9 comments:

  1. Maybe the BBC fired all their researchers? Very interesting to me, thanks. Pity about that grey vote promise.

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  2. If only Humphries was prepared to read around the news he comments on. If he talked to staff at the special school I visit he'd hear about parents who are losing the transport to get their kids to school, who find it hard to manage the extra heating and laundry costs that come with having a severely disabled person in the house and who, when the new Housing Benefit rules come in, may lose homes with enough rooms for the hoists and special equipment they need to keep their children living at home.

    Or maybe Humphries was just being disingenuous and he knows that his sub-Daily Mail opinions are based on shameful stereotyping. Or maybe it could be that he's not quite as smart and on the ball as he thinks he is...

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  3. Hi! The importance the BBC places on stories like this was underlined by the position/time the piece was slotted into. I was just waiting for the dismissive "We've run out of time" and along it came. I would request a return visit, as the BBC is failing spectacularly to show the country the devastating effect of the benefit cuts - and the wholesale sell off of the NHS.

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  4. There needs to be some serious questions asked with regard to the proposed 'bedroom tax'. Targeted, in their own words,'at working age claimants because they are in a better position to take up work and fund the shortfall themselves', the recent impact assessment reveals (surprise!) that those most badly affected will be the sick and disabled. Of the 660,000 households affected a massive 420,000 of those contain a disabled claimant or partner. So, a policy meant to be a stick for the working poor is now one to beat the disabled. Horrifying.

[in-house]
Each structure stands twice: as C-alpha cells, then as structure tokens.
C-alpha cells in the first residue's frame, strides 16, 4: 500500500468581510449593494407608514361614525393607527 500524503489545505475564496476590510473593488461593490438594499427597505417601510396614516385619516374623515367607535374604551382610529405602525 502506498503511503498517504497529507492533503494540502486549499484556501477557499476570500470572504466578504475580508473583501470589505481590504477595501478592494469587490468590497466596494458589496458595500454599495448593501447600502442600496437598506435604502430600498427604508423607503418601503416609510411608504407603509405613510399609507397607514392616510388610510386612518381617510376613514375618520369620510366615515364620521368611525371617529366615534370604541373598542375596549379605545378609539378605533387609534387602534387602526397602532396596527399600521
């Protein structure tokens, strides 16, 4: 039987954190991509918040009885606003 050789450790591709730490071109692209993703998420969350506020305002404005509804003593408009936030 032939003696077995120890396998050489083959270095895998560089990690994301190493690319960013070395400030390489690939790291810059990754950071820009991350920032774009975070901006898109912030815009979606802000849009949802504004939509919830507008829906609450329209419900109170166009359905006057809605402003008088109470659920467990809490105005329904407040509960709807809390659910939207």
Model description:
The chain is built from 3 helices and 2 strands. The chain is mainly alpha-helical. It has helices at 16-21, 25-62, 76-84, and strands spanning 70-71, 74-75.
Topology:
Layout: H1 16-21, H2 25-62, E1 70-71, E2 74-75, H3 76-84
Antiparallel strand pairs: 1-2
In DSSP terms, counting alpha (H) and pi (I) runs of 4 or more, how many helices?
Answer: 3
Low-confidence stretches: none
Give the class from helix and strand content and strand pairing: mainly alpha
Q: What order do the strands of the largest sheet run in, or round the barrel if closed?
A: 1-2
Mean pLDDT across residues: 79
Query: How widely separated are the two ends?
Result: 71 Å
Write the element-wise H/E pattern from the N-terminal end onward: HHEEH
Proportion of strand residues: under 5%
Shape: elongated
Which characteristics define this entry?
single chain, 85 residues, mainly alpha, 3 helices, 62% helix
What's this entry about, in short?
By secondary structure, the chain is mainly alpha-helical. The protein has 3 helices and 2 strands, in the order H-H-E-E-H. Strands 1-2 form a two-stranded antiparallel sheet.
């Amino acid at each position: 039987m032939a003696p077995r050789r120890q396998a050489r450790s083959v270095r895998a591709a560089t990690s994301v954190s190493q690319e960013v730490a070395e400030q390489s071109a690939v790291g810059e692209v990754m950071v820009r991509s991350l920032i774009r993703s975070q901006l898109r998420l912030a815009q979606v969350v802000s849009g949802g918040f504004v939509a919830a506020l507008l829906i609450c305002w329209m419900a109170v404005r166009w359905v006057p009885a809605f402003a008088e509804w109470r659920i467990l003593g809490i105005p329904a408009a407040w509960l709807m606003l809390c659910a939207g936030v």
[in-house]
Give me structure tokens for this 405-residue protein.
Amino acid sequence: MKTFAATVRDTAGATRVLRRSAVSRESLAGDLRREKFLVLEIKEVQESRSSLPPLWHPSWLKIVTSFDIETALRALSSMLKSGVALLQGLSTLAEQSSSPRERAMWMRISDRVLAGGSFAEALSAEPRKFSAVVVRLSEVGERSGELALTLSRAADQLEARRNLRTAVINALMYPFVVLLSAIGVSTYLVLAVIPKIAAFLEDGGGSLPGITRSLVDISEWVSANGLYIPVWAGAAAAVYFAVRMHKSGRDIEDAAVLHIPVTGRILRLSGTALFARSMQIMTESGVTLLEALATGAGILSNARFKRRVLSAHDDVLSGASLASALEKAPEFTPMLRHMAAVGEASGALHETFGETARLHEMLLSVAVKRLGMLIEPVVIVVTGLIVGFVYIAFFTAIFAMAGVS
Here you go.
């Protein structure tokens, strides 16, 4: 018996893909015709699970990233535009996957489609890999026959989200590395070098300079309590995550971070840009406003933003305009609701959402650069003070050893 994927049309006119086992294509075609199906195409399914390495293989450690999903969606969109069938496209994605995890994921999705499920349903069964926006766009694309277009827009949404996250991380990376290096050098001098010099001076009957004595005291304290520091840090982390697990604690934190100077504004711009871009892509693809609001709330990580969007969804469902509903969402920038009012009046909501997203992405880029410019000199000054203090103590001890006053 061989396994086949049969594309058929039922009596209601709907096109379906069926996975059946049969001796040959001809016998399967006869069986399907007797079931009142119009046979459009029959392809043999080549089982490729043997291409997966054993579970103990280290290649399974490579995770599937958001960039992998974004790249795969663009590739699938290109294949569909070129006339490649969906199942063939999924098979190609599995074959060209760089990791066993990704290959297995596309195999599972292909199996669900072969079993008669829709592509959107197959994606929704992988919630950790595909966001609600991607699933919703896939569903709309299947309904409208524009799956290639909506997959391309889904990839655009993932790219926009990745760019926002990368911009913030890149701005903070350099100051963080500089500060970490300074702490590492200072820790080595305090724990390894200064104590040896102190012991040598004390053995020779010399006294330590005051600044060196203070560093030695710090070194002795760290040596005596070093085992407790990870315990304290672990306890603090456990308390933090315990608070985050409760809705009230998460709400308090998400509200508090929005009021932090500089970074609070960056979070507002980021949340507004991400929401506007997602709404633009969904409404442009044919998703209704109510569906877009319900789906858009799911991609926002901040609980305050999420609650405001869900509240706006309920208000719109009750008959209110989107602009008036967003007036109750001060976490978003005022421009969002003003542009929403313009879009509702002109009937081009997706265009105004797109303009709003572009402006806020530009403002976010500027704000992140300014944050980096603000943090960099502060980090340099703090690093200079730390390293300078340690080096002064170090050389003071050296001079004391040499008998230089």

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  5. I'm afraid John Humphrys has form on this: http://www.leftfootforward.org/2011/10/john-humphrys-is-wrong-on-social-security/

    And he is not alone who can forget Allegra Stratton on Newsnight portraying a single mum as a benefit scrounger and asking her why she had children she couldn't afford -- but neglecting to mention that she was employed: http://www.youtube.com/watch?v=2b83rSqBLfw

    I'm getting really angry about the way that the BBC constantly misrepresents benefits as if it was all paid to unemployed never worked families with 8 children.

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    Replies
    1. Well quite. But you must remember we live in a world where people are bad: children and the elderly in particular are nothing more than a drain on society. Who cares if she works, she's had the audacity to breed!
      I'm afraid I still hold to the rather outdated idea that people are basically a good thing. How shameful of me.

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  6. The 8.55 slot on Today is often v.tokenistic. I find it increasingly difficult to listen to the Today Programme these days. In particular John Humphries seems to be in competition with the tabloid media in a race to the journalistic bottom of the barrel. He's incredibly ill-informed.
    Despite this, having listened to the piece, I thought the key messages you were trying to convey came survived the Today Programme's default reporting prism. From a PR point of view it was effective to a degree. It's probably too much to expect Humphries to properly engage with the research (shame Jim Naughty wasn't the interviewer), but to get some key messages across about the reality of contemporary benefit policy is worthwhile in itself.